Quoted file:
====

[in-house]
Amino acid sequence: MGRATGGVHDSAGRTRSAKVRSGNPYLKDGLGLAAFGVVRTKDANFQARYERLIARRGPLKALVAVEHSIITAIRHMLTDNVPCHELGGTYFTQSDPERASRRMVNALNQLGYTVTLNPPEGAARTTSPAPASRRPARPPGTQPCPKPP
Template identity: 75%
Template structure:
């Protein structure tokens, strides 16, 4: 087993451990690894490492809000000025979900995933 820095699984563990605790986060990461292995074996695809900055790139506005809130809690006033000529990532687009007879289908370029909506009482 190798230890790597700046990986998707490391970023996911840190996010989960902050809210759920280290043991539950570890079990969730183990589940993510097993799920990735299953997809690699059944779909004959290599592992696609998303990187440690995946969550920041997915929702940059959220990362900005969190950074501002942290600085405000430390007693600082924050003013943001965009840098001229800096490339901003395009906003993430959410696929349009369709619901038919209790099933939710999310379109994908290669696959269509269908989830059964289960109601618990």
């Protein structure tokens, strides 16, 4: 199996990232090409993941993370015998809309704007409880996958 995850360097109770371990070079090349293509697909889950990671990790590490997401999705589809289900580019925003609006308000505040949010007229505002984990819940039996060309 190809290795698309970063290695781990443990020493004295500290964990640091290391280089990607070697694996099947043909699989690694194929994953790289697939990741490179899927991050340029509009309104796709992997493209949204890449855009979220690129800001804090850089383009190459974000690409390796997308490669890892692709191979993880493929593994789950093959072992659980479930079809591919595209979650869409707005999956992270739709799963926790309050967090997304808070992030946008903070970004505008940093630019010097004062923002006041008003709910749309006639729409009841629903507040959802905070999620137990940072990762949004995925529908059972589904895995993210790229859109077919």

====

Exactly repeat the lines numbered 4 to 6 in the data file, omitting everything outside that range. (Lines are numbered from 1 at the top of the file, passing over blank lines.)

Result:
Template structure:
């Protein structure tokens, strides 16, 4: 087993451990690894490492809000000025979900995933 820095699984563990605790986060990461292995074996695809900055790139506005809130809690006033000529990532687009007879289908370029909506009482 190798230890790597700046990986998707490391970023996911840190996010989960902050809210759920280290043991539950570890079990969730183990589940993510097993799920990735299953997809690699059944779909004959290599592992696609998303990187440690995946969550920041997915929702940059959220990362900005969190950074501002942290600085405000430390007693600082924050003013943001965009840098001229800096490339901003395009906003993430959410696929349009369709619901038919209790099933939710999310379109994908290669696959269509269908989830059964289960109601618990």
């Protein structure tokens, strides 16, 4: 199996990232090409993941993370015998809309704007409880996958 995850360097109770371990070079090349293509697909889950990671990790590490997401999705589809289900580019925003609006308000505040949010007229505002984990819940039996060309 190809290795698309970063290695781990443990020493004295500290964990640091290391280089990607070697694996099947043909699989690694194929994953790289697939990741490179899927991050340029509009309104796709992997493209949204890449855009979220690129800001804090850089383009190459974000690409390796997308490669890892692709191979993880493929593994789950093959072992659980479930079809591919595209979650869409707005999956992270739709799963926790309050967090997304808070992030946008903070970004505008940093630019010097004062923002006041008003709910749309006639729409009841629903507040959802905070999620137990940072990762949004995925529908059972589904895995993210790229859109077919």